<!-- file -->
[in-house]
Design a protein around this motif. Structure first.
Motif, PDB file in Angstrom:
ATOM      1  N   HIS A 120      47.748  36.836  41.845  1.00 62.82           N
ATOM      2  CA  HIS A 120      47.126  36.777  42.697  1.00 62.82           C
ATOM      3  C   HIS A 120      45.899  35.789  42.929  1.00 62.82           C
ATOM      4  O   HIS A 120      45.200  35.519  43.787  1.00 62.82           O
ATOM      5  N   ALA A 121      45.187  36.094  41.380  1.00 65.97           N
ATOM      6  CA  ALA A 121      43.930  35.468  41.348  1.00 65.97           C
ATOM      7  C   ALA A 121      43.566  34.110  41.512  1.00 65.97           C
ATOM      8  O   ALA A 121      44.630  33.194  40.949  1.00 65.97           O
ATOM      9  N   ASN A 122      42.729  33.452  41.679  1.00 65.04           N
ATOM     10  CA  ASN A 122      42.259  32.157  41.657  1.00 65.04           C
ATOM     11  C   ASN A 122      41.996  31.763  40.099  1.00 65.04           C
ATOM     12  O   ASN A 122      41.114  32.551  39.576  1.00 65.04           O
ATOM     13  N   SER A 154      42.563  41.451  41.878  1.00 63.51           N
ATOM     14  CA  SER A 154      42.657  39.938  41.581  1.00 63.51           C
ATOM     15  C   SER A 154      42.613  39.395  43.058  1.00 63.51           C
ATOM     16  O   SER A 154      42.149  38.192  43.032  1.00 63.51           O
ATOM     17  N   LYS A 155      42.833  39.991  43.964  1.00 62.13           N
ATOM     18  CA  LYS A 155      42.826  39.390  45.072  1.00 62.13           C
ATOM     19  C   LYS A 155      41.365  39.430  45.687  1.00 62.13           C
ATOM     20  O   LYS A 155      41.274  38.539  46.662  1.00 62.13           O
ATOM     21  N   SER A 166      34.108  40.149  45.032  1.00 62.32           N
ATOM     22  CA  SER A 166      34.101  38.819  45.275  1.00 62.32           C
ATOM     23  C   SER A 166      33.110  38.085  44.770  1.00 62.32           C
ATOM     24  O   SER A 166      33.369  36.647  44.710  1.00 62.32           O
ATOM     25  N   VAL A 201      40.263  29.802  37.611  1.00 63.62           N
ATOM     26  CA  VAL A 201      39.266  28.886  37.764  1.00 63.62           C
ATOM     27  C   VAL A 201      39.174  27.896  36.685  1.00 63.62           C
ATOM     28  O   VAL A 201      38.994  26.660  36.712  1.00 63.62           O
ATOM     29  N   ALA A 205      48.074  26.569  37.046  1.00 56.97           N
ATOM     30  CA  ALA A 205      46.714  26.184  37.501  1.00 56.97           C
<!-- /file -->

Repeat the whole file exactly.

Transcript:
[in-house]
Design a protein around this motif. Structure first.
Motif, PDB file in Angstrom:
ATOM      1  N   HIS A 120      47.748  36.836  41.845  1.00 62.82           N
ATOM      2  CA  HIS A 120      47.126  36.777  42.697  1.00 62.82           C
ATOM      3  C   HIS A 120      45.899  35.789  42.929  1.00 62.82           C
ATOM      4  O   HIS A 120      45.200  35.519  43.787  1.00 62.82           O
ATOM      5  N   ALA A 121      45.187  36.094  41.380  1.00 65.97           N
ATOM      6  CA  ALA A 121      43.930  35.468  41.348  1.00 65.97           C
ATOM      7  C   ALA A 121      43.566  34.110  41.512  1.00 65.97           C
ATOM      8  O   ALA A 121      44.630  33.194  40.949  1.00 65.97           O
ATOM      9  N   ASN A 122      42.729  33.452  41.679  1.00 65.04           N
ATOM     10  CA  ASN A 122      42.259  32.157  41.657  1.00 65.04           C
ATOM     11  C   ASN A 122      41.996  31.763  40.099  1.00 65.04           C
ATOM     12  O   ASN A 122      41.114  32.551  39.576  1.00 65.04           O
ATOM     13  N   SER A 154      42.563  41.451  41.878  1.00 63.51           N
ATOM     14  CA  SER A 154      42.657  39.938  41.581  1.00 63.51           C
ATOM     15  C   SER A 154      42.613  39.395  43.058  1.00 63.51           C
ATOM     16  O   SER A 154      42.149  38.192  43.032  1.00 63.51           O
ATOM     17  N   LYS A 155      42.833  39.991  43.964  1.00 62.13           N
ATOM     18  CA  LYS A 155      42.826  39.390  45.072  1.00 62.13           C
ATOM     19  C   LYS A 155      41.365  39.430  45.687  1.00 62.13           C
ATOM     20  O   LYS A 155      41.274  38.539  46.662  1.00 62.13           O
ATOM     21  N   SER A 166      34.108  40.149  45.032  1.00 62.32           N
ATOM     22  CA  SER A 166      34.101  38.819  45.275  1.00 62.32           C
ATOM     23  C   SER A 166      33.110  38.085  44.770  1.00 62.32           C
ATOM     24  O   SER A 166      33.369  36.647  44.710  1.00 62.32           O
ATOM     25  N   VAL A 201      40.263  29.802  37.611  1.00 63.62           N
ATOM     26  CA  VAL A 201      39.266  28.886  37.764  1.00 63.62           C
ATOM     27  C   VAL A 201      39.174  27.896  36.685  1.00 63.62           C
ATOM     28  O   VAL A 201      38.994  26.660  36.712  1.00 63.62           O
ATOM     29  N   ALA A 205      48.074  26.569  37.046  1.00 56.97           N
ATOM     30  CA  ALA A 205      46.714  26.184  37.501  1.00 56.97           C